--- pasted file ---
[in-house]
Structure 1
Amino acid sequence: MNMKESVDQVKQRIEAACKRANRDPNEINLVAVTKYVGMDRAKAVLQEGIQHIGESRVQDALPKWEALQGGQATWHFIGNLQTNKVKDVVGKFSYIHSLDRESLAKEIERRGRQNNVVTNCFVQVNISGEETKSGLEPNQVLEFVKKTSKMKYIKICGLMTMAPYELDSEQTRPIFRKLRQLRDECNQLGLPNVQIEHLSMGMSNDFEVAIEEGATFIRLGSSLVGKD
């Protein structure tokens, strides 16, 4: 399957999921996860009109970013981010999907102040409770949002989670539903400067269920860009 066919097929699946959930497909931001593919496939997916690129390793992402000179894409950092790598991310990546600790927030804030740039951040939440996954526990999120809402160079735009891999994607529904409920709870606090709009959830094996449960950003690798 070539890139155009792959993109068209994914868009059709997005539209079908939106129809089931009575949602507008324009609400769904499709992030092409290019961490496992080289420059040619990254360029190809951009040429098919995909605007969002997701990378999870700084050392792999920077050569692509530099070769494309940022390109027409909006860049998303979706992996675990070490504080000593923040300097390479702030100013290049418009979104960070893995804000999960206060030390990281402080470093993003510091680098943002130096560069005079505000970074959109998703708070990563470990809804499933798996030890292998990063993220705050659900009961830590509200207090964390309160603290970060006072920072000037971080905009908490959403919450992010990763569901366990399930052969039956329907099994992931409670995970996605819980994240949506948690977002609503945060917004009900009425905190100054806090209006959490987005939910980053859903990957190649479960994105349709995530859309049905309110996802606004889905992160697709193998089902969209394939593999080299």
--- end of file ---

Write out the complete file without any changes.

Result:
[in-house]
Structure 1
Amino acid sequence: MNMKESVDQVKQRIEAACKRANRDPNEINLVAVTKYVGMDRAKAVLQEGIQHIGESRVQDALPKWEALQGGQATWHFIGNLQTNKVKDVVGKFSYIHSLDRESLAKEIERRGRQNNVVTNCFVQVNISGEETKSGLEPNQVLEFVKKTSKMKYIKICGLMTMAPYELDSEQTRPIFRKLRQLRDECNQLGLPNVQIEHLSMGMSNDFEVAIEEGATFIRLGSSLVGKD
């Protein structure tokens, strides 16, 4: 399957999921996860009109970013981010999907102040409770949002989670539903400067269920860009 066919097929699946959930497909931001593919496939997916690129390793992402000179894409950092790598991310990546600790927030804030740039951040939440996954526990999120809402160079735009891999994607529904409920709870606090709009959830094996449960950003690798 070539890139155009792959993109068209994914868009059709997005539209079908939106129809089931009575949602507008324009609400769904499709992030092409290019961490496992080289420059040619990254360029190809951009040429098919995909605007969002997701990378999870700084050392792999920077050569692509530099070769494309940022390109027409909006860049998303979706992996675990070490504080000593923040300097390479702030100013290049418009979104960070893995804000999960206060030390990281402080470093993003510091680098943002130096560069005079505000970074959109998703708070990563470990809804499933798996030890292998990063993220705050659900009961830590509200207090964390309160603290970060006072920072000037971080905009908490959403919450992010990763569901366990399930052969039956329907099994992931409670995970996605819980994240949506948690977002609503945060917004009900009425905190100054806090209006959490987005939910980053859903990957190649479960994105349709995530859309049905309110996802606004889905992160697709193998089902969209394939593999080299």